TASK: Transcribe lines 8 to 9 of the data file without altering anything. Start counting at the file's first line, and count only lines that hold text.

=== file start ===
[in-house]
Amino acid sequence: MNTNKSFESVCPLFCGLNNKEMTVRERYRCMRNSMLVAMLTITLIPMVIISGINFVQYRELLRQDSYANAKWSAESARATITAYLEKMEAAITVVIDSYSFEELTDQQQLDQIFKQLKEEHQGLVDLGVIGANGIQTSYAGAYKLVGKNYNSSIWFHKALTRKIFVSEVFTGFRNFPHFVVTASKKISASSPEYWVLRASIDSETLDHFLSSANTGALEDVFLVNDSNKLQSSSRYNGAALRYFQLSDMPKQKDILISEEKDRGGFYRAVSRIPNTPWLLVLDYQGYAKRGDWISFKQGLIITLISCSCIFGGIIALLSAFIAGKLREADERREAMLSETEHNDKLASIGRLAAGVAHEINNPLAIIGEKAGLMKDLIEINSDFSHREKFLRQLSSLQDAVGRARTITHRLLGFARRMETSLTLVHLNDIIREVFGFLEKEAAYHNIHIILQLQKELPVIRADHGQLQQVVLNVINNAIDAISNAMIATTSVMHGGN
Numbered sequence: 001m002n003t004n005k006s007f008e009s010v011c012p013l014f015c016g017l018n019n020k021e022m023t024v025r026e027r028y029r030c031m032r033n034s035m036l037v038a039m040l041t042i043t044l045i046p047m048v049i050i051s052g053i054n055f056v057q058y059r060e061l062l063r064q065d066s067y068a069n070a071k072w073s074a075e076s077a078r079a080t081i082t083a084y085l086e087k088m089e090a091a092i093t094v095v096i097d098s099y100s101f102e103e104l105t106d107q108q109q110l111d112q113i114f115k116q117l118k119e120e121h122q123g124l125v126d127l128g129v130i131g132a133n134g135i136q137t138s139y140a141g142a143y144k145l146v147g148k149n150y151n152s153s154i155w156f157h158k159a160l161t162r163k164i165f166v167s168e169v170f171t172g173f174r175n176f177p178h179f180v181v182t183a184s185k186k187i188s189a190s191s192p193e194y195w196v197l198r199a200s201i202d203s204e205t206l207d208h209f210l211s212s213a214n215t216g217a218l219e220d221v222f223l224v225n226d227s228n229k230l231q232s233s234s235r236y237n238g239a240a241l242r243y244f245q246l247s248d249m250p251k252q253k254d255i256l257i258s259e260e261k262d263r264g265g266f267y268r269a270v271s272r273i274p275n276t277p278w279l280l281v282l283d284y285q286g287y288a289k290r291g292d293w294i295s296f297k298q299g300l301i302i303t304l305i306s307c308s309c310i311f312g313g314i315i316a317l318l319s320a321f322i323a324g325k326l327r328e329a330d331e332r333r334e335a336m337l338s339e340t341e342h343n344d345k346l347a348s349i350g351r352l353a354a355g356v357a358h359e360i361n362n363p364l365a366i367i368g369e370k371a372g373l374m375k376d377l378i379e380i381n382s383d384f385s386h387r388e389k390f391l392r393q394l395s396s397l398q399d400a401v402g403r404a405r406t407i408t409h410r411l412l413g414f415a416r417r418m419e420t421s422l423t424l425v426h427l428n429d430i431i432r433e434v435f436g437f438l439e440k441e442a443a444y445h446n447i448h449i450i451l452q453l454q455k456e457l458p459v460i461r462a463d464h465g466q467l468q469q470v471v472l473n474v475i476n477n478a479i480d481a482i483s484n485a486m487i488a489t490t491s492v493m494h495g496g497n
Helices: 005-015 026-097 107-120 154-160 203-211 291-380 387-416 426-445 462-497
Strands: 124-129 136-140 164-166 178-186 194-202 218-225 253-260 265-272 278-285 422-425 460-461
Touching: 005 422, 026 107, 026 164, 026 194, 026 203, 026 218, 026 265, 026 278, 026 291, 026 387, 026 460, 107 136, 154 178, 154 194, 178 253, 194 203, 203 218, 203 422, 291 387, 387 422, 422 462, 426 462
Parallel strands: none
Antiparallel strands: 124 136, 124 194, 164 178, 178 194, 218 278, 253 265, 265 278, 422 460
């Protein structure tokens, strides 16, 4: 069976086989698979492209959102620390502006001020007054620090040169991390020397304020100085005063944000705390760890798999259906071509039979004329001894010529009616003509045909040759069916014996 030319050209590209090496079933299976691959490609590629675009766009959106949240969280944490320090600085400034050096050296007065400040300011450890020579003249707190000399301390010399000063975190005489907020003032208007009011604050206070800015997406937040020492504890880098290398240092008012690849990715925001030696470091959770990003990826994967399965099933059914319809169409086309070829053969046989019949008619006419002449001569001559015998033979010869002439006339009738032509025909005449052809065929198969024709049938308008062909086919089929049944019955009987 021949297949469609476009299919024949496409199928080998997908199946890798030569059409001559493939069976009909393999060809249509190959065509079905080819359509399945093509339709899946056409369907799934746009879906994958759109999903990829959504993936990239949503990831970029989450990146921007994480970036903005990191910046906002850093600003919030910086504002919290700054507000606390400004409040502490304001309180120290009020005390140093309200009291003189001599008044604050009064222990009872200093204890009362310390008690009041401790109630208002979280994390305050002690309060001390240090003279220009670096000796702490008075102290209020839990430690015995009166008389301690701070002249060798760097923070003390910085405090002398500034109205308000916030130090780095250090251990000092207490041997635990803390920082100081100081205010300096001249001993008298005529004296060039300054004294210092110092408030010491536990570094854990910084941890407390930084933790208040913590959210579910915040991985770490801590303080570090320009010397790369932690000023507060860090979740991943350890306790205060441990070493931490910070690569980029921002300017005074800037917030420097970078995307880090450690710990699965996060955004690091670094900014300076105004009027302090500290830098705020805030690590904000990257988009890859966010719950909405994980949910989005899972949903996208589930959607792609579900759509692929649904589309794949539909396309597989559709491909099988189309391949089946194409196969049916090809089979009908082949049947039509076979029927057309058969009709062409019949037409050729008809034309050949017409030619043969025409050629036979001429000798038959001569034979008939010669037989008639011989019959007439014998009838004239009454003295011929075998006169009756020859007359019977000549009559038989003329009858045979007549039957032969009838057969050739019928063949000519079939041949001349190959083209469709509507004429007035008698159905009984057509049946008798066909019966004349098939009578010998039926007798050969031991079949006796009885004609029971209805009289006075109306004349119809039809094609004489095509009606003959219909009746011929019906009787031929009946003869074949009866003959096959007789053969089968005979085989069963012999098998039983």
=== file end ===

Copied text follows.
Antiparallel strands: 124 136, 124 194, 164 178, 178 194, 218 278, 253 265, 265 278, 422 460
């Protein structure tokens, strides 16, 4: 069976086989698979492209959102620390502006001020007054620090040169991390020397304020100085005063944000705390760890798999259906071509039979004329001894010529009616003509045909040759069916014996 030319050209590209090496079933299976691959490609590629675009766009959106949240969280944490320090600085400034050096050296007065400040300011450890020579003249707190000399301390010399000063975190005489907020003032208007009011604050206070800015997406937040020492504890880098290398240092008012690849990715925001030696470091959770990003990826994967399965099933059914319809169409086309070829053969046989019949008619006419002449001569001559015998033979010869002439006339009738032509025909005449052809065929198969024709049938308008062909086919089929049944019955009987 021949297949469609476009299919024949496409199928080998997908199946890798030569059409001559493939069976009909393999060809249509190959065509079905080819359509399945093509339709899946056409369907799934746009879906994958759109999903990829959504993936990239949503990831970029989450990146921007994480970036903005990191910046906002850093600003919030910086504002919290700054507000606390400004409040502490304001309180120290009020005390140093309200009291003189001599008044604050009064222990009872200093204890009362310390008690009041401790109630208002979280994390305050002690309060001390240090003279220009670096000796702490008075102290209020839990430690015995009166008389301690701070002249060798760097923070003390910085405090002398500034109205308000916030130090780095250090251990000092207490041997635990803390920082100081100081205010300096001249001993008298005529004296060039300054004294210092110092408030010491536990570094854990910084941890407390930084933790208040913590959210579910915040991985770490801590303080570090320009010397790369932690000023507060860090979740991943350890306790205060441990070493931490910070690569980029921002300017005074800037917030420097970078995307880090450690710990699965996060955004690091670094900014300076105004009027302090500290830098705020805030690590904000990257988009890859966010719950909405994980949910989005899972949903996208589930959607792609579900759509692929649904589309794949539909396309597989559709491909099988189309391949089946194409196969049916090809089979009908082949049947039509076979029927057309058969009709062409019949037409050729008809034309050949017409030619043969025409050629036979001429000798038959001569034979008939010669037989008639011989019959007439014998009838004239009454003295011929075998006169009756020859007359019977000549009559038989003329009858045979007549039957032969009838057969050739019928063949000519079939041949001349190959083209469709509507004429007035008698159905009984057509049946008798066909019966004349098939009578010998039926007798050969031991079949006796009885004609029971209805009289006075109306004349119809039809094609004489095509009606003959219909009746011929019906009787031929009946003869074949009866003959096959007789053969089968005979085989069963012999098998039983």